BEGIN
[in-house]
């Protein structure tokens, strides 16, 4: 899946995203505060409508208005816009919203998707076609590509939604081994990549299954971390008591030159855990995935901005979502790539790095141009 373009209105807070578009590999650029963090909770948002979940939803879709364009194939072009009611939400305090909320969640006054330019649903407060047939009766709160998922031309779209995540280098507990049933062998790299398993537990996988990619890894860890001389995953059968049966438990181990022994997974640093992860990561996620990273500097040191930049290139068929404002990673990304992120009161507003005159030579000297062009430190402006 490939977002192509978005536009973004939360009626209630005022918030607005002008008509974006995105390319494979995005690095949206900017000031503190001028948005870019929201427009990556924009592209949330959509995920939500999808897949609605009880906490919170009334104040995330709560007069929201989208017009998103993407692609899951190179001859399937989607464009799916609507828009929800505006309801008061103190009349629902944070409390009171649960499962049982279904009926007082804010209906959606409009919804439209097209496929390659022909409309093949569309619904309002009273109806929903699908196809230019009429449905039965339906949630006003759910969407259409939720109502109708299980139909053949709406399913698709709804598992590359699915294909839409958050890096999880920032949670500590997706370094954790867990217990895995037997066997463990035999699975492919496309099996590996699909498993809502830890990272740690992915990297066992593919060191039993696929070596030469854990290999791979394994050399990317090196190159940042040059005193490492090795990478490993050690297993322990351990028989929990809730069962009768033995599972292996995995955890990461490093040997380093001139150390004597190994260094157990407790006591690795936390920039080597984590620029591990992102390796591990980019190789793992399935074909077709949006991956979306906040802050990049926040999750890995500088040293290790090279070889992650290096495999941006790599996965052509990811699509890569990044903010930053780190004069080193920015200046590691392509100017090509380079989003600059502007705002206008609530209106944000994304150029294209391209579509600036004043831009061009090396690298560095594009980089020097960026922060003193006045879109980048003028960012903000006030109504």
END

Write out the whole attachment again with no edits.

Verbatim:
[in-house]
């Protein structure tokens, strides 16, 4: 899946995203505060409508208005816009919203998707076609590509939604081994990549299954971390008591030159855990995935901005979502790539790095141009 373009209105807070578009590999650029963090909770948002979940939803879709364009194939072009009611939400305090909320969640006054330019649903407060047939009766709160998922031309779209995540280098507990049933062998790299398993537990996988990619890894860890001389995953059968049966438990181990022994997974640093992860990561996620990273500097040191930049290139068929404002990673990304992120009161507003005159030579000297062009430190402006 490939977002192509978005536009973004939360009626209630005022918030607005002008008509974006995105390319494979995005690095949206900017000031503190001028948005870019929201427009990556924009592209949330959509995920939500999808897949609605009880906490919170009334104040995330709560007069929201989208017009998103993407692609899951190179001859399937989607464009799916609507828009929800505006309801008061103190009349629902944070409390009171649960499962049982279904009926007082804010209906959606409009919804439209097209496929390659022909409309093949569309619904309002009273109806929903699908196809230019009429449905039965339906949630006003759910969407259409939720109502109708299980139909053949709406399913698709709804598992590359699915294909839409958050890096999880920032949670500590997706370094954790867990217990895995037997066997463990035999699975492919496309099996590996699909498993809502830890990272740690992915990297066992593919060191039993696929070596030469854990290999791979394994050399990317090196190159940042040059005193490492090795990478490993050690297993322990351990028989929990809730069962009768033995599972292996995995955890990461490093040997380093001139150390004597190994260094157990407790006591690795936390920039080597984590620029591990992102390796591990980019190789793992399935074909077709949006991956979306906040802050990049926040999750890995500088040293290790090279070889992650290096495999941006790599996965052509990811699509890569990044903010930053780190004069080193920015200046590691392509100017090509380079989003600059502007705002206008609530209106944000994304150029294209391209579509600036004043831009061009090396690298560095594009980089020097960026922060003193006045879109980048003028960012903000006030109504």